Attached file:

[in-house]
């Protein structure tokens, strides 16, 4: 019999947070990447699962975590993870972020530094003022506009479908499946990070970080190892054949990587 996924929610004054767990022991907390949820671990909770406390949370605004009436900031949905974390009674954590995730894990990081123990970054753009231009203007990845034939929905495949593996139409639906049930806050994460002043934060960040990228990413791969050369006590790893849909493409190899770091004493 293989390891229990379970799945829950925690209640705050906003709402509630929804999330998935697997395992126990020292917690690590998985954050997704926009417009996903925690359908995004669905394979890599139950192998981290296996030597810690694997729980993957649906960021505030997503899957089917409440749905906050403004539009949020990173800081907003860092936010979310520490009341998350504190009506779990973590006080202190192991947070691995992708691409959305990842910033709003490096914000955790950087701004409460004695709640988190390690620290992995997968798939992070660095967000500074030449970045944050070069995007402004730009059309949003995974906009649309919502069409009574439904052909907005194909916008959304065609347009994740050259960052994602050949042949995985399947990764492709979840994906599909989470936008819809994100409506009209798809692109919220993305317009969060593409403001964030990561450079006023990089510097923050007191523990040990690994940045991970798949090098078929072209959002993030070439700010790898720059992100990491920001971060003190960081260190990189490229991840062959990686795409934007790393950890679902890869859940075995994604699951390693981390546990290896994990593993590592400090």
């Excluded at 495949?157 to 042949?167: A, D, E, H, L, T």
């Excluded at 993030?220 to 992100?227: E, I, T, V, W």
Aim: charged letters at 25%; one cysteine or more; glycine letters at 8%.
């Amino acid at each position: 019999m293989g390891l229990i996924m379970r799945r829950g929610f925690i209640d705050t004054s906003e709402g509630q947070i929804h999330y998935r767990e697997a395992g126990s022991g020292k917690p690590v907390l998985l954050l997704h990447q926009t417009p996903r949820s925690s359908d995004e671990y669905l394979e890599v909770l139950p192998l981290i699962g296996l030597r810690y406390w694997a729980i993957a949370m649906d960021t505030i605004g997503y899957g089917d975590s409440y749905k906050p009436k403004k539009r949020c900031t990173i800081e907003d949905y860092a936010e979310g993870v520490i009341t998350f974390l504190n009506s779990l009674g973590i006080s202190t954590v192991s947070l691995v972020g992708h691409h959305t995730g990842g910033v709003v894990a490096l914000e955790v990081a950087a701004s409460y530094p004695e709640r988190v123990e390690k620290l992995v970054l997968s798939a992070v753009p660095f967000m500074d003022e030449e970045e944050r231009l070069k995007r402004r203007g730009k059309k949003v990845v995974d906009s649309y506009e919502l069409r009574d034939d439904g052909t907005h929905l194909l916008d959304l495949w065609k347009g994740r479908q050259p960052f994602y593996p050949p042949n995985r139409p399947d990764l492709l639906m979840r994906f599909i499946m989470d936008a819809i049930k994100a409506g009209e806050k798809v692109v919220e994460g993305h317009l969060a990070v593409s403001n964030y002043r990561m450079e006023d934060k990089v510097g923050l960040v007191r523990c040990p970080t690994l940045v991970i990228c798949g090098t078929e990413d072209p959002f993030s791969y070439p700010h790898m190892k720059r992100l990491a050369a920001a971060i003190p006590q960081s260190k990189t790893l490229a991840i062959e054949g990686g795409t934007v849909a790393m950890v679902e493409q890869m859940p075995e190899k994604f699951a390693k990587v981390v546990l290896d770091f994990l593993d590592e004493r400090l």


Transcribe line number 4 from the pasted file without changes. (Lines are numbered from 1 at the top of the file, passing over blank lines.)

């Excluded at 993030?220 to 992100?227: E, I, T, V, W």